My 56k isn't connecting at 56k

I just built a computer and installed a 56k modem.  I have tryed every setting I can think of to make it connect to AOL at 56k.  Still, it only connects at 28.8. I don't think it's AOL because other people dialing to the same access number are getting the connection.  Please help.

-Alan
WoWAsked:
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OttaConnect With a Mentor Commented:
See http://WWW.56K.COM,
and work through the "Troubleshooting Guide".
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WoWAuthor Commented:
Edited text of question
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steath_acidCommented:
Are the correct drivers installed, what type of modem is it.  Your phone line may not be able to handle 56k.
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jhun357Commented:
It doesn't matter if you have a 56k Modem because the maximum connection spedd for a 56k Modem is between 42,000-48,000 kbps, it will also depend on your line condition and your ISP Backbone Links.

Probably your Modem is not compatible to your ISP, if you have a X2 Modem and your ISP uses Kflex Protocol, unless your ISP uses the new standard (v.90).


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OttaCommented:
JHUN357 wrote:
> the maximum connection spedd for a 56k Modem
> is between 42,000-48,000 kbps

Incorrect.  I usually get 48000,
and sometimes get 49333 or 50666.
A friend gets 52000 or 53333.

> it will also depend on your line condition

Exactly.

> and your ISP Backbone Links.

Incorrect.  Any ISP has a high-speed connection to the Internet,
leaving your modem as the "bottle-neck" which restricts
the download-speed.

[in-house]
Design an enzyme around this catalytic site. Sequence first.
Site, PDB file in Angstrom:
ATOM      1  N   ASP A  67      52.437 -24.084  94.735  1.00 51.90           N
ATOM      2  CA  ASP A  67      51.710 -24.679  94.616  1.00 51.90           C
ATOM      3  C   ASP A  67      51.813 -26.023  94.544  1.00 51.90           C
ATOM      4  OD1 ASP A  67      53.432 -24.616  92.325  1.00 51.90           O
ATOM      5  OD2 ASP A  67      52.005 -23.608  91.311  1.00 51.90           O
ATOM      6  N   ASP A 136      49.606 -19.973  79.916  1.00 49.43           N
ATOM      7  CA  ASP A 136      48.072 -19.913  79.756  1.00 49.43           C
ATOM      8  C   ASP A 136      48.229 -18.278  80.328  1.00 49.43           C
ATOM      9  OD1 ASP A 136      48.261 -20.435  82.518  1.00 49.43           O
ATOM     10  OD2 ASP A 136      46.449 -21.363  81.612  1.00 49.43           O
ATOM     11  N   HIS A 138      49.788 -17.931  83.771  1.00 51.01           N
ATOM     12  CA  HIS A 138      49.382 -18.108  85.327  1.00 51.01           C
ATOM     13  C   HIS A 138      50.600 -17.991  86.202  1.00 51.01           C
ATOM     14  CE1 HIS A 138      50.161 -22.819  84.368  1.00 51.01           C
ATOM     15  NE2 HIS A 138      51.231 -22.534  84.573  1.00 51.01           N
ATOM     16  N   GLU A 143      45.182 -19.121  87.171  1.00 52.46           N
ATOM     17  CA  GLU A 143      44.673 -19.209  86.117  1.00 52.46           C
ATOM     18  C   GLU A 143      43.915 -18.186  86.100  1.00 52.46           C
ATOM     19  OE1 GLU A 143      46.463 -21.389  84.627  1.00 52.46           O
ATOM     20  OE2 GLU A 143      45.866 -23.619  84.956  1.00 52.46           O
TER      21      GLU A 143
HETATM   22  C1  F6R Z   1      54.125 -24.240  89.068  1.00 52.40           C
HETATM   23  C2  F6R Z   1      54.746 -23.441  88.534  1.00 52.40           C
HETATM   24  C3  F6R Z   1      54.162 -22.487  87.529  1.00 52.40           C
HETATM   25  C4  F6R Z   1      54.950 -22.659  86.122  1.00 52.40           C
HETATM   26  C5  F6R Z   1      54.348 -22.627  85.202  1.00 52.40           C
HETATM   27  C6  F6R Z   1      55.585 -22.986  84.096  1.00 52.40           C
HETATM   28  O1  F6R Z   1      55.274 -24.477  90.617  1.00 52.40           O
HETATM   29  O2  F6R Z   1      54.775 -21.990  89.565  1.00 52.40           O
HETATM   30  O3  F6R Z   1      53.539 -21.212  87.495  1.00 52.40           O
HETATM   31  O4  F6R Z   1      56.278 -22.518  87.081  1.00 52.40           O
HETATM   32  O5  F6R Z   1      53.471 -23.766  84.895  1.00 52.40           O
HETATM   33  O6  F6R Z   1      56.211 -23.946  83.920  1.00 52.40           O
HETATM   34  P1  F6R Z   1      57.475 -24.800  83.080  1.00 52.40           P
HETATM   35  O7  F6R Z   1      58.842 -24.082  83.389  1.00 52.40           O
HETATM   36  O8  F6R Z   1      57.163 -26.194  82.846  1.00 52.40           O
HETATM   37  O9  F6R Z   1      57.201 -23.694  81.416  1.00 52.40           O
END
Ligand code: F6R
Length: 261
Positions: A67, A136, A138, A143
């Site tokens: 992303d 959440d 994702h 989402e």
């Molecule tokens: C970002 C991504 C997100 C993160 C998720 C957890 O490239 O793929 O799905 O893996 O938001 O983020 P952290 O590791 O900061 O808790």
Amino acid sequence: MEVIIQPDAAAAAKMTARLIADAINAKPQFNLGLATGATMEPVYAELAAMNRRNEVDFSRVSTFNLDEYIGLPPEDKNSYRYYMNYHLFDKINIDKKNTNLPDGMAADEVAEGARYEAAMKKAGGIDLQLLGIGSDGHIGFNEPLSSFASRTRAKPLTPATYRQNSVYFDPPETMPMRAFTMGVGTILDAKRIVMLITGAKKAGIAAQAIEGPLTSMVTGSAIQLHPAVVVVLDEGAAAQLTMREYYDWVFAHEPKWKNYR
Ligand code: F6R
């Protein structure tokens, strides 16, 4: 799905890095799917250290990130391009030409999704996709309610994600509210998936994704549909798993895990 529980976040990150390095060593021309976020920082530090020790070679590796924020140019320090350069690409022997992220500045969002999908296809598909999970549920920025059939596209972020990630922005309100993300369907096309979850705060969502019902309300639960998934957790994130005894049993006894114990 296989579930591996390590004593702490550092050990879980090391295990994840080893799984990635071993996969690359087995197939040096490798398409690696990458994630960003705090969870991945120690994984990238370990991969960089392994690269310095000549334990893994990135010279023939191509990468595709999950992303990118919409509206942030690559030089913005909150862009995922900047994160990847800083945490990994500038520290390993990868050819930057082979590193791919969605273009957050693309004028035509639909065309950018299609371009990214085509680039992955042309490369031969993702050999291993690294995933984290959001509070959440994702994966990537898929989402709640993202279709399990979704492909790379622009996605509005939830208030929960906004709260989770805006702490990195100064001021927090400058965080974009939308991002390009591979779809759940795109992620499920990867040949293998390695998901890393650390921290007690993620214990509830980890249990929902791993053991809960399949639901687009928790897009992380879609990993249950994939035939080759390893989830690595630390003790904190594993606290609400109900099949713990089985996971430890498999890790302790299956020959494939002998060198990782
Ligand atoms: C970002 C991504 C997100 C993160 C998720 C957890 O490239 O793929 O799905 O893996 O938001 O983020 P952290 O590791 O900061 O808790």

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steath_acidCommented:
Also to jhun357 I alaways get 52000.
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drominoreCommented:
Ok, the Feds limit ANY asyn speed to 53K so as to let the telco's make their money on 56K frame links. So like it or not, you'll never get 56K and very rarely will you get 50-53 unless you are within a short distance of the CO for your area.

With that in mind, why wouldn't you be getting the same connects as your friends? Provide with a model, but I think the problem is either an X2 or KFlex modem that hasn't been upgraded to v.90. Also, check with AOL on the specific number you are calling.. Alot of AOLNet still only supports v.34, and some of their locations even let the overflow modems in a 56K pool be older.. Philosophy is that at least you can connect..

Finally, heres the real kicker. Technically the v.90 standard is still open, and implementation of the standard still a bit shoddy. If you can, just reflect on the original war of USR & Hayes on above 9600... That was ALOT of fun!!
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OttaCommented:
> the Feds limit ANY asyn speed to 53K
> so as to let the telco's make their money on 56K frame links.

Nonsense.  :-)

The problem is that the "strength" of a 56K signal is